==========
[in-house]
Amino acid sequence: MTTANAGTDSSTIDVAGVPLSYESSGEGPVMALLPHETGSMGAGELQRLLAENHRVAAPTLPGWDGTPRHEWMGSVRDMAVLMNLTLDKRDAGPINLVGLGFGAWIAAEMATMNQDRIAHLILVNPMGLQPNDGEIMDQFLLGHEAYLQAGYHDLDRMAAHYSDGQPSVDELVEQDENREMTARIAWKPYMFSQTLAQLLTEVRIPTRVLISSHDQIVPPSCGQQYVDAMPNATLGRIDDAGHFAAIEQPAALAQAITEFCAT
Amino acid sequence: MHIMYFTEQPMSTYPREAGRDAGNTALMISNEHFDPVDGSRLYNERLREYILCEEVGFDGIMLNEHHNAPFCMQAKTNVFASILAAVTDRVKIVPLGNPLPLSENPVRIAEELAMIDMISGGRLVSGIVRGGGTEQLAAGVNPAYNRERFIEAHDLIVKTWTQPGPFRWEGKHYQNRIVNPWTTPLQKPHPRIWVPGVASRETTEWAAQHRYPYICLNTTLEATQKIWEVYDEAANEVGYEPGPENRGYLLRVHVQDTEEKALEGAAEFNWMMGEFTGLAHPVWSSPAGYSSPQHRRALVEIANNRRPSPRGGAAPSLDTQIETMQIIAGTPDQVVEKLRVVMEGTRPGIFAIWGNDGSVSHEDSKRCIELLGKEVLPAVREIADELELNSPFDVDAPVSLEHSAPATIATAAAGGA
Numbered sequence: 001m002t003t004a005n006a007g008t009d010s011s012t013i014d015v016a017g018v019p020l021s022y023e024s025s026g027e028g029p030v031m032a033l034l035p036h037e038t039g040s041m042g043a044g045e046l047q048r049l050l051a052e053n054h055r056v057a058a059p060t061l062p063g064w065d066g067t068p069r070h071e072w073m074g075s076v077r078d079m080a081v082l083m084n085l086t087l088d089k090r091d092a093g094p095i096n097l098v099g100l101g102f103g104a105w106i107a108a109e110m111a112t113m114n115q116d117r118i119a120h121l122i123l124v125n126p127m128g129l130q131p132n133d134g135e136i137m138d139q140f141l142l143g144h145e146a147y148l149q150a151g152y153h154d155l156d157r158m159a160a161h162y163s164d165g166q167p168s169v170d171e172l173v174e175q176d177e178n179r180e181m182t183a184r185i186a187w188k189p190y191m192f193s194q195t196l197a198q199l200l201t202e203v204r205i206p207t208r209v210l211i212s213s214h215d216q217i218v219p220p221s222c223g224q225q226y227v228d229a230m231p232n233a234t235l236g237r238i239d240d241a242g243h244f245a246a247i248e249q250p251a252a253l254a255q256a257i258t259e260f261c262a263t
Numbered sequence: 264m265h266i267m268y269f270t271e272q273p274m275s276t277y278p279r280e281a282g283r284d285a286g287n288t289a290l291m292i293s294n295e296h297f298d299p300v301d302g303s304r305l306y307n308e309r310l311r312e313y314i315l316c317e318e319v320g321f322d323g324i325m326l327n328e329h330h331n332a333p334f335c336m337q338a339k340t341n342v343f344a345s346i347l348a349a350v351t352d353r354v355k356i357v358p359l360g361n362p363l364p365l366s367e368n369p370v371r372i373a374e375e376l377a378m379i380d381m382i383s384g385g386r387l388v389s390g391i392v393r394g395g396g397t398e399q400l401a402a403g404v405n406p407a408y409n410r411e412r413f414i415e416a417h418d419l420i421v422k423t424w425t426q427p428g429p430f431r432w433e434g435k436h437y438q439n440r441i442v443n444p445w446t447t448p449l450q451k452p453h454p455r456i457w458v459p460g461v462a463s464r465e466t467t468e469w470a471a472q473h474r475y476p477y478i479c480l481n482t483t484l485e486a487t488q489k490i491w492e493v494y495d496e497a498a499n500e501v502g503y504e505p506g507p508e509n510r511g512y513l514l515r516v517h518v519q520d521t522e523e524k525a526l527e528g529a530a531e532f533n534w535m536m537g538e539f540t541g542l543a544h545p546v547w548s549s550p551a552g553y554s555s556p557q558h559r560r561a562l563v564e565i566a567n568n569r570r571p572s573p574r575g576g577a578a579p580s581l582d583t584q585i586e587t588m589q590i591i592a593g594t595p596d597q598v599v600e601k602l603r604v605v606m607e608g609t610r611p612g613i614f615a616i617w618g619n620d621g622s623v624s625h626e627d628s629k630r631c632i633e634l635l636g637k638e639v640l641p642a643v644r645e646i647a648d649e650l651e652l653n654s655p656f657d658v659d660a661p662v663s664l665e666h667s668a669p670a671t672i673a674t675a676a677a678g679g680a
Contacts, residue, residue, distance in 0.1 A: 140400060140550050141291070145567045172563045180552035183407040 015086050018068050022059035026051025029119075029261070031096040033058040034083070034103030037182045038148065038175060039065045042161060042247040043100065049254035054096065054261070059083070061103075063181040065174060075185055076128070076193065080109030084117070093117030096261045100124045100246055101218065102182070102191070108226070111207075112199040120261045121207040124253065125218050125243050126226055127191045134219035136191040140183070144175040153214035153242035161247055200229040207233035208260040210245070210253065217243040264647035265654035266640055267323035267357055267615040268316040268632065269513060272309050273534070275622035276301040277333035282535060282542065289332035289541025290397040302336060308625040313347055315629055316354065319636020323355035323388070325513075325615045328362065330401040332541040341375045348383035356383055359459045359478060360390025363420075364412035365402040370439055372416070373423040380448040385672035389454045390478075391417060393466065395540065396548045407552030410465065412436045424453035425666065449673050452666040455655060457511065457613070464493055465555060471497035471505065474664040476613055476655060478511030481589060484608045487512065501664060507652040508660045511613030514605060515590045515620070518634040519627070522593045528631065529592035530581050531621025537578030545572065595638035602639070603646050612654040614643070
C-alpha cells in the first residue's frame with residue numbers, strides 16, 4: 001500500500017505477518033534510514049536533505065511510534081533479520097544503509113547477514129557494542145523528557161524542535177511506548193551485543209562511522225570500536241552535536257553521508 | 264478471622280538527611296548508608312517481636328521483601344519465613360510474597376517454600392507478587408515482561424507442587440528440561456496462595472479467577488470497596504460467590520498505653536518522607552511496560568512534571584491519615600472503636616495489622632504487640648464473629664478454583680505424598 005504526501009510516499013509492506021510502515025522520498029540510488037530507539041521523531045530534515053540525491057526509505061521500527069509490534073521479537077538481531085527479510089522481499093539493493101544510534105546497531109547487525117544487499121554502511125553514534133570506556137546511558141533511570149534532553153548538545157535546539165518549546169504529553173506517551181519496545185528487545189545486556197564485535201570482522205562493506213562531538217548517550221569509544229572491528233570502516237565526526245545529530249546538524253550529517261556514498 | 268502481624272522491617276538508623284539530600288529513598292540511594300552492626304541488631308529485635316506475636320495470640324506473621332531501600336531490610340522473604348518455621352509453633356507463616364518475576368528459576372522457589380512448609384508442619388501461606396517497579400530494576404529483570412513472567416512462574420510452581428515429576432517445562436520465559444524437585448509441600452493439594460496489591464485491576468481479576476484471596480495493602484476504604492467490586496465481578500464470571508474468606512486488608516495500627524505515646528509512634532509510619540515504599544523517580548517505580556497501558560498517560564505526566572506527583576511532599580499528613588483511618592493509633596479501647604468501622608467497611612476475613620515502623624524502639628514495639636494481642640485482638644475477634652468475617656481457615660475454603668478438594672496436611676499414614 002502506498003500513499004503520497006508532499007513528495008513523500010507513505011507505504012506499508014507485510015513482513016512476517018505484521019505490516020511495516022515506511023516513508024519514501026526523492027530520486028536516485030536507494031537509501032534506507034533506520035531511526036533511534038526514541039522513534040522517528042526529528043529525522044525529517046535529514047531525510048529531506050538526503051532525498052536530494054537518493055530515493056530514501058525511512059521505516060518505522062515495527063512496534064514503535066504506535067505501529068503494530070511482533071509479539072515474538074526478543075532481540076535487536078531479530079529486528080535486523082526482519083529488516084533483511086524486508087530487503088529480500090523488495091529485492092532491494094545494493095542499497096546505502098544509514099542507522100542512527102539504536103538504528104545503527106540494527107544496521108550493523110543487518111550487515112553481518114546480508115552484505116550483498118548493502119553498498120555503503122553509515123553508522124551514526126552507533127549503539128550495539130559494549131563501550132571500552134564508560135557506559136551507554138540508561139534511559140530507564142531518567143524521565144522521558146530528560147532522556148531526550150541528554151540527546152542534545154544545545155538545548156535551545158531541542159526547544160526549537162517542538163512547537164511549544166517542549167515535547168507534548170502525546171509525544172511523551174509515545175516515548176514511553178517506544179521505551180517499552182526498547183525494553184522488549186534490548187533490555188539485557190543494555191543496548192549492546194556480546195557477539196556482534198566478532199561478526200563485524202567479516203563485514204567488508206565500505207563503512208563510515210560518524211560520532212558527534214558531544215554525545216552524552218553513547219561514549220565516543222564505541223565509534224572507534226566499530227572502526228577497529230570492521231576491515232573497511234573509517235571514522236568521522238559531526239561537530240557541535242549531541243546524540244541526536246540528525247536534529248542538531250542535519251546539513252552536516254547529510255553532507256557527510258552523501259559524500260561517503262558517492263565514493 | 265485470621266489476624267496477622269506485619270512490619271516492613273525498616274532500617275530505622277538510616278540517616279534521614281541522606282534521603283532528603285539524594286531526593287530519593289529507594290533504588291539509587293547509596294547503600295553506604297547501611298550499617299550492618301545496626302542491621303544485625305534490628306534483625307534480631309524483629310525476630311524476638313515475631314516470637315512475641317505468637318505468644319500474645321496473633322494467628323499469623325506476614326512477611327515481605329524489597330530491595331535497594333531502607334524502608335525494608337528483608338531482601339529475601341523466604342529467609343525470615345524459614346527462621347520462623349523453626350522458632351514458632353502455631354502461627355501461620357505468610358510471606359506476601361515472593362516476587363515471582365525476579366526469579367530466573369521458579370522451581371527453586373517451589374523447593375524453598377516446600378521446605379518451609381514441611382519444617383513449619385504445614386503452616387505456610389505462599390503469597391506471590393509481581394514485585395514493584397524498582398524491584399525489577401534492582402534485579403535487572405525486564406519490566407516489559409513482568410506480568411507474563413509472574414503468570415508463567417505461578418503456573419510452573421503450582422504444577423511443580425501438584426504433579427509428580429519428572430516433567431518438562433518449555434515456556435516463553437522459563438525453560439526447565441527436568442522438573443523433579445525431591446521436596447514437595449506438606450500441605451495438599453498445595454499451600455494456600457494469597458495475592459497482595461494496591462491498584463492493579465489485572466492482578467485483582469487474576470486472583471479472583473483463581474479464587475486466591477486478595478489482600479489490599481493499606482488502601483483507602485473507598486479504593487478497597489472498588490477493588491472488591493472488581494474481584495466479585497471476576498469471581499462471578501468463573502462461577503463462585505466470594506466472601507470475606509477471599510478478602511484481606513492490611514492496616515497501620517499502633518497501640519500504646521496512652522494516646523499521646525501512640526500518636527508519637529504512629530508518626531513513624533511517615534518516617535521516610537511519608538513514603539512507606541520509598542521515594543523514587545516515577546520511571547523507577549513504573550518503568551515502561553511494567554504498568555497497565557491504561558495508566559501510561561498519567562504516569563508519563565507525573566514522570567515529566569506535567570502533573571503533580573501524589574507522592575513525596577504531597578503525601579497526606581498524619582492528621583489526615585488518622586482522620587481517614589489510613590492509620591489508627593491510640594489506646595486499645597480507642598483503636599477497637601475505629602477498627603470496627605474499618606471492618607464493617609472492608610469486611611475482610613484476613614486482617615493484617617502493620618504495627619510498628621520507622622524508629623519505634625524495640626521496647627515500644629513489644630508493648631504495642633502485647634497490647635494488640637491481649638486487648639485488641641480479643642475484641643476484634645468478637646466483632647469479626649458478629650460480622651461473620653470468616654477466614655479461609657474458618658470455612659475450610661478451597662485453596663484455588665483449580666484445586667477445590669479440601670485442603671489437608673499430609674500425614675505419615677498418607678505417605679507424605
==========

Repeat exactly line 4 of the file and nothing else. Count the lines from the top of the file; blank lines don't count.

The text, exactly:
Numbered sequence: 001m002t003t004a005n006a007g008t009d010s011s012t013i014d015v016a017g018v019p020l021s022y023e024s025s026g027e028g029p030v031m032a033l034l035p036h037e038t039g040s041m042g043a044g045e046l047q048r049l050l051a052e053n054h055r056v057a058a059p060t061l062p063g064w065d066g067t068p069r070h071e072w073m074g075s076v077r078d079m080a081v082l083m084n085l086t087l088d089k090r091d092a093g094p095i096n097l098v099g100l101g102f103g104a105w106i107a108a109e110m111a112t113m114n115q116d117r118i119a120h121l122i123l124v125n126p127m128g129l130q131p132n133d134g135e136i137m138d139q140f141l142l143g144h145e146a147y148l149q150a151g152y153h154d155l156d157r158m159a160a161h162y163s164d165g166q167p168s169v170d171e172l173v174e175q176d177e178n179r180e181m182t183a184r185i186a187w188k189p190y191m192f193s194q195t196l197a198q199l200l201t202e203v204r205i206p207t208r209v210l211i212s213s214h215d216q217i218v219p220p221s222c223g224q225q226y227v228d229a230m231p232n233a234t235l236g237r238i239d240d241a242g243h244f245a246a247i248e249q250p251a252a253l254a255q256a257i258t259e260f261c262a263t